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Five things we learned from the Wizards’ season opener against the Mavericks

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The Washington Wizards lost 108-100, but there were some positive take-aways as well from Rui Hachimura and their supporting cast of European players. Still, they need to improve their ability to get to the free throw line.

The Washington Wizards lost 108-100 to the Dallas Mavericks yesterday night. Watch highlights of the game in the video above. Here are two key stats and after, five things we learned from yesterday:

Stats of the Game: 33-18 and 32-22

What’s 33-18? That’s the total number of free throws the Mavericks took compared to the Wizards last night. Since both teams shot over 80 percent from the free throw line, the Wizards could have made this game more interesting toward the end if they were able to get to the line more often.

Now why did the Mavericks shoot so many more free throws? That’s because of the second stat. The Wizards committed 32 personal fouls compared to the Mavericks’ 22. Since the game got closer toward the end, it is expected that Washington would foul more to force Dallas to shoot free throws and slow down the clock.

However, Washington still committed 24 fouls through the first three quarters compared to Dallas’ 18. The Wizards will need to make some adjustments to limit their fouling.


Now, that the stats are out of the way, let’s get to five things we learned from the game!

Bradley Beal could be a 25-6-6 player this season

Last season, Beal averaged over 25 points, 5 rebounds and 5 assists per game. This season, he could realistically average 25 points, 6 rebounds and 6 assists per game. He only scored 19 points last night, but he grabbed 6 rebounds and dished 9 assists. It will be interesting to see how his rebounding and assisting numbers look over the next month to see if this becomes a more concrete possibility.

Both teams’ European players were in full display!

The Wizards and Mavericks, like most NBA teams have several European players on their rosters. The Mavericks’ Europeans played larger roles on their team than the Wizards’. So as you might expect, they made a bigger impact on the game as well.

For Dallas, Slovenian guard Luka Doncic scored 34 points and Latvian forward Kristaps Porzingis added 23 more for Dallas. I think we all saw Doncic poised for a special year after his impressive rookie campaign last year. He got into a bit of a one-on-one with Bradley Beal (more on his ejection later) but still showed great poise.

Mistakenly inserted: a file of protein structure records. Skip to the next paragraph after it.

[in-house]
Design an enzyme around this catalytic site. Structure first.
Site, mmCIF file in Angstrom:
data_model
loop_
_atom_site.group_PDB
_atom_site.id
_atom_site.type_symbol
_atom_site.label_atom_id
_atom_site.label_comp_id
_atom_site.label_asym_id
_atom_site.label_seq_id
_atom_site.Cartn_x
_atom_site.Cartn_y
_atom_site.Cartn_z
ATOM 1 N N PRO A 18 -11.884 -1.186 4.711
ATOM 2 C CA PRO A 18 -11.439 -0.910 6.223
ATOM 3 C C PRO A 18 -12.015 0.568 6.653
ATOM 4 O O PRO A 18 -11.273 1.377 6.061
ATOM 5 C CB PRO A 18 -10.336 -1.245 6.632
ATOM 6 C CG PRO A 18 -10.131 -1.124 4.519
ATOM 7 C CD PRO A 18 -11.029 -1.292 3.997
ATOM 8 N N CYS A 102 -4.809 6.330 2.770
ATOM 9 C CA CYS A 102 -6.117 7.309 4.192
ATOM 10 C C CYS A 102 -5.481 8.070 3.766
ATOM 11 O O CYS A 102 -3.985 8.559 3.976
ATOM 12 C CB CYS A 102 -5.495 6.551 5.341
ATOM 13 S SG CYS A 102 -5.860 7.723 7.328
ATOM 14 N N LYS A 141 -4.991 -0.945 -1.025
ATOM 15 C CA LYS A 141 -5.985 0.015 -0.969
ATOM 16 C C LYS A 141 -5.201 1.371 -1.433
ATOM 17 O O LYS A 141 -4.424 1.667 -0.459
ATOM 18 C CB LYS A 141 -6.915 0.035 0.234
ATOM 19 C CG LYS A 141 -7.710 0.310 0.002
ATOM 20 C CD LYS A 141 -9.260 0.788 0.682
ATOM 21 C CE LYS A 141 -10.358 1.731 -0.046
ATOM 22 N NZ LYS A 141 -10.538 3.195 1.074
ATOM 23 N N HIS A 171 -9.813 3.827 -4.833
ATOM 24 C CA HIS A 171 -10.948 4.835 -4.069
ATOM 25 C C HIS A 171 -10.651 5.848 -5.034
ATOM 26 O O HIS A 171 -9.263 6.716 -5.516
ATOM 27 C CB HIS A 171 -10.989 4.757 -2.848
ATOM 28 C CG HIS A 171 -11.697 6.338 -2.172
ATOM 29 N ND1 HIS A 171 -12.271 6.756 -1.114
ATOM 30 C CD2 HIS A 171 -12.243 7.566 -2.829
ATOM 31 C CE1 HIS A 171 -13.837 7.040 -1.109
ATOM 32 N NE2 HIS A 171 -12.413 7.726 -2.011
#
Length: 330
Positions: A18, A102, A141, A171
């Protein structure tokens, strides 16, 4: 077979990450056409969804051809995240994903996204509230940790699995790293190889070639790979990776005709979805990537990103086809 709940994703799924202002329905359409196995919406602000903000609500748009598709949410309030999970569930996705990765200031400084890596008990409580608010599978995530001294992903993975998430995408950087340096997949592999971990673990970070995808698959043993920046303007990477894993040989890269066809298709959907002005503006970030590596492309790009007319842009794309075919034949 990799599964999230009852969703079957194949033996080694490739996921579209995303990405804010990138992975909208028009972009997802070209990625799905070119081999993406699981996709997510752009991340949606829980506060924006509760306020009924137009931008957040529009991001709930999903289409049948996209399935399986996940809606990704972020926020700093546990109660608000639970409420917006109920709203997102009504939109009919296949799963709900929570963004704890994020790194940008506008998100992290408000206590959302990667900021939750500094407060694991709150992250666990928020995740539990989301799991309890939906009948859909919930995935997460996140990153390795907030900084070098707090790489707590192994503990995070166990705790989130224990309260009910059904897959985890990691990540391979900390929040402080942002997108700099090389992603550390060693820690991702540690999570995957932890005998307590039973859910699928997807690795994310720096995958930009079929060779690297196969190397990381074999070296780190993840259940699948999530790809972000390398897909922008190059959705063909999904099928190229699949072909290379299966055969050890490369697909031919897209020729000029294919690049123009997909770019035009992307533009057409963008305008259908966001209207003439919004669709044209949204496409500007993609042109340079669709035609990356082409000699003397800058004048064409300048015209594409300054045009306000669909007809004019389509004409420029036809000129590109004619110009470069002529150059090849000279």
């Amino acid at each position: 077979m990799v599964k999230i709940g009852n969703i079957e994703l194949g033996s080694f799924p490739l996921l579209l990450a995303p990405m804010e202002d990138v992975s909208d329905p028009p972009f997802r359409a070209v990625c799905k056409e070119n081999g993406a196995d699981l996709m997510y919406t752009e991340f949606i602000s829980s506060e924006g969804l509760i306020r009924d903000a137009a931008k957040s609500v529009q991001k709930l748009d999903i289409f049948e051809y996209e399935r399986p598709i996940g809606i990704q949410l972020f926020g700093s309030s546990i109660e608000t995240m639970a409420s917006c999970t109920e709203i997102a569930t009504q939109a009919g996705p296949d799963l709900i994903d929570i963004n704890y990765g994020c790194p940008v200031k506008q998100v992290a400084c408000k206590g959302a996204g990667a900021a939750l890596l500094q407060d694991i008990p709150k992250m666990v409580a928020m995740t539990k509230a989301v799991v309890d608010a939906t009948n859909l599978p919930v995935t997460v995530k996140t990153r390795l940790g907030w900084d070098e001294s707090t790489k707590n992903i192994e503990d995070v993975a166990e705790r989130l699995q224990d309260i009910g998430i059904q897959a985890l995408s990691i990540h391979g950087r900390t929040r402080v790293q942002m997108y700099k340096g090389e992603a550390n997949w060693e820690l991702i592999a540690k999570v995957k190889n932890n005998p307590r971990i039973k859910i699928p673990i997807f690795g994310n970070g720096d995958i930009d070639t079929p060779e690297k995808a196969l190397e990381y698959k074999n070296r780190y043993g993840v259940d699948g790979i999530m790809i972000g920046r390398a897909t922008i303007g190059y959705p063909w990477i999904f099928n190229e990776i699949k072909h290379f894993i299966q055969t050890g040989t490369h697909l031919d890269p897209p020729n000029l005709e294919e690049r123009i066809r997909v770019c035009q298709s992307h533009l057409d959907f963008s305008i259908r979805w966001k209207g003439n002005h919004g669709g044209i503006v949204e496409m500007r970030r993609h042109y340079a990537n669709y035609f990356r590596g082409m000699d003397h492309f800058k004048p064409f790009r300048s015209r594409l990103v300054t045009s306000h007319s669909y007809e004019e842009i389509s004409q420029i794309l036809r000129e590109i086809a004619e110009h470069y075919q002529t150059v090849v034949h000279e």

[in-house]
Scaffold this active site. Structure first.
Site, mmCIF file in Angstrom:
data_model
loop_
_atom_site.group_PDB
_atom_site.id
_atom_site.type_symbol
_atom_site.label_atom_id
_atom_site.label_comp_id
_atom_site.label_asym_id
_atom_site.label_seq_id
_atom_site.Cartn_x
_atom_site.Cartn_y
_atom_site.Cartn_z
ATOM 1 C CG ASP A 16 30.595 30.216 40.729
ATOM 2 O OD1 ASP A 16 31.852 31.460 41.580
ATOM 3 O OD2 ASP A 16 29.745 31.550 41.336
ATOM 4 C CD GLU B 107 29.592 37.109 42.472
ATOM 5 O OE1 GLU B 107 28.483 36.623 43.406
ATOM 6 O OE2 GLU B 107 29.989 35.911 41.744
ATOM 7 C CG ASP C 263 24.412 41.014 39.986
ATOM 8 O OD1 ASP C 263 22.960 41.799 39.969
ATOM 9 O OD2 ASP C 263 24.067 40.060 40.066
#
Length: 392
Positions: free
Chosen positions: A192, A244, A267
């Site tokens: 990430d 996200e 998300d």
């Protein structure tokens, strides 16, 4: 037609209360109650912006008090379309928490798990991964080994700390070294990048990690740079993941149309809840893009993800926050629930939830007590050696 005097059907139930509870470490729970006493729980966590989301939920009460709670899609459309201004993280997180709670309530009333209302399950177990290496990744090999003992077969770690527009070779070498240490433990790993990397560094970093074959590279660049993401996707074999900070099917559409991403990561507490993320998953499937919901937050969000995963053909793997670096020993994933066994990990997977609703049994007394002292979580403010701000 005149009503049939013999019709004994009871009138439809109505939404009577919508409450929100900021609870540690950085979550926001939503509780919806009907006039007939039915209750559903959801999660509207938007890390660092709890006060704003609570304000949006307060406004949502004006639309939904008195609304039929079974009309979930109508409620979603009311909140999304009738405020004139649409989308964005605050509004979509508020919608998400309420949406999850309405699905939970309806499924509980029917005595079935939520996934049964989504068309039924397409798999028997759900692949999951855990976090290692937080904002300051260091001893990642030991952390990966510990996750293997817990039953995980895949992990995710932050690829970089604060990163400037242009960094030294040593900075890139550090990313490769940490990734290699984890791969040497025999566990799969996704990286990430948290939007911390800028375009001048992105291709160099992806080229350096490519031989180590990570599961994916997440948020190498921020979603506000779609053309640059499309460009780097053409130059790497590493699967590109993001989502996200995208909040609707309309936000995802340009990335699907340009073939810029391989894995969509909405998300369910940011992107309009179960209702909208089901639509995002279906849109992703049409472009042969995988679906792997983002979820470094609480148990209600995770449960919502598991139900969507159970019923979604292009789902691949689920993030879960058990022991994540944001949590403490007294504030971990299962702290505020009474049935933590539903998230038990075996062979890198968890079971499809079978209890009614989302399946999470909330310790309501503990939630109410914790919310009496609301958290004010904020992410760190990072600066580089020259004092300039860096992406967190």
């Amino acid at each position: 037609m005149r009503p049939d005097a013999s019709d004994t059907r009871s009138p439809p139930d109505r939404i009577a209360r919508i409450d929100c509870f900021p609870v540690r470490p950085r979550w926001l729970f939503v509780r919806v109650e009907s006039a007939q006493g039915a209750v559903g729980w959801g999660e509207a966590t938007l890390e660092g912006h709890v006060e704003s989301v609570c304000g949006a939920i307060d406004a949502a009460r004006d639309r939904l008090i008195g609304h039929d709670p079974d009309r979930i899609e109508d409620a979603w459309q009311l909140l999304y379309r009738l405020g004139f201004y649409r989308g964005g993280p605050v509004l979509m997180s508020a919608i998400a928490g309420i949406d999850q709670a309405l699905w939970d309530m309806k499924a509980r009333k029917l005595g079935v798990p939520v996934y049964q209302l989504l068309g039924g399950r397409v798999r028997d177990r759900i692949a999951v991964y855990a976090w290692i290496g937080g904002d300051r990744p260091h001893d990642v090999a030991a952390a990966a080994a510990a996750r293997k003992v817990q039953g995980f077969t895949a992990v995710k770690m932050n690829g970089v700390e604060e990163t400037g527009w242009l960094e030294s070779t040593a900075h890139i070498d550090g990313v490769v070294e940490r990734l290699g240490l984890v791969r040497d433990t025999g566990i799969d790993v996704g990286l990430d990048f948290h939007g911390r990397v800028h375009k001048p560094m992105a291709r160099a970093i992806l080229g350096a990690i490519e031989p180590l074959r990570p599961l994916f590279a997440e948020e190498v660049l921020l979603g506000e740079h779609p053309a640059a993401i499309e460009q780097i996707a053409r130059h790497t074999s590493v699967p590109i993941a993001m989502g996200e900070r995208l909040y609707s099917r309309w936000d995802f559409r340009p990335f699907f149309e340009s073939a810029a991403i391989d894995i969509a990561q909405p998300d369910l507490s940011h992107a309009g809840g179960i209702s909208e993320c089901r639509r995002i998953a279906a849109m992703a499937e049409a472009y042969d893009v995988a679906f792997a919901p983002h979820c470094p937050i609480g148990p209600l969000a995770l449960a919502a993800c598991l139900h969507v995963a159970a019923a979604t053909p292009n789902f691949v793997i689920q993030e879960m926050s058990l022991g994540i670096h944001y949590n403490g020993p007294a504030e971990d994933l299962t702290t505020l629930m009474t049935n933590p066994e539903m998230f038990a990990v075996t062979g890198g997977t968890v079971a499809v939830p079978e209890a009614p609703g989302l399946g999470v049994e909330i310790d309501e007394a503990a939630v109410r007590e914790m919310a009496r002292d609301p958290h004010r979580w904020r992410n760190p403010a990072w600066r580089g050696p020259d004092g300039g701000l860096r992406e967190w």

Porzingis played his first game in over a year due to injury and could form one of the Western Conference’s best frontcourt duos with Doncic as they get acclimated to one another.

Finally, Dallas’ starting center Maxi Kleber is German. However, he was scoreless though he did get 8 rebounds.

The Wizards may not have a European star like the Mystics do in — WNBA FINALS MVP EMMA MEESSEMAN! (OK, I just couldn’t help adding her name on this piece!)

But really, Washington’s Europeans played considerable supporting roles last night. Latvian forward Davis Bertans shot just 2-of-8 from the field and scored 7 points off the bench. This will be a long season so Bertans should have better nights as the season goes on.

German wing Issac Bonga was a somewhat surprise choice to start at the small forward position ahead of Bertans, but he scored 9 points on 4-of-5 shooting in 23 minutes of play. And fellow German center Moritz Wagner scored 13 points off the bench though 11 of them came in the fourth quarter when the outcome was all but decided.

Rui Hachimura could be the power forward the Wizards need long term!

The rookie forward had a 14 point, 10 rebound performance last night while playing just 24 minutes. I wrote a bit more in detail about that earlier this morning here, but let me say that I am impressed that his pro debut was very good. Over the long run, he could be a major piece of a future contending Wizards team.

Washington isn’t afraid to shoot the three, but it still isn’t a true strength

The Wizards attempted 41 threes last night but made just 11 of them. That’s a 26.8 percent shooting rate. Before we scream at the Wizards for shooting so poorly from deep, Bradley Beal only shot 1-of-11 from deep. So without Beal, the Wizards made 10-of-30 from long range, which isn’t very good, but not terrible either.

Alan pointed out last weekend that the Wizards are likely moving in this direction as a three-point shooting happy team. While basketball analytic-philes (is that the word?) want teams to shoot more threes, the Wizards still need to improve their three-point shooting and be ready for long rebounds when they don’t happen. Beal’s numbers from deep should improve with the law of averages.

Beal’s ejection was a bit overboard

The Wizards were behind by single digits with just over one minute left to go in the game before Beal was ejected after getting into some trash talk with Doncic. I don’t think Beal deserved to get the boot, but he also can’t get involved in these situations. The last thing we need is the Wizards leading in technical fouls.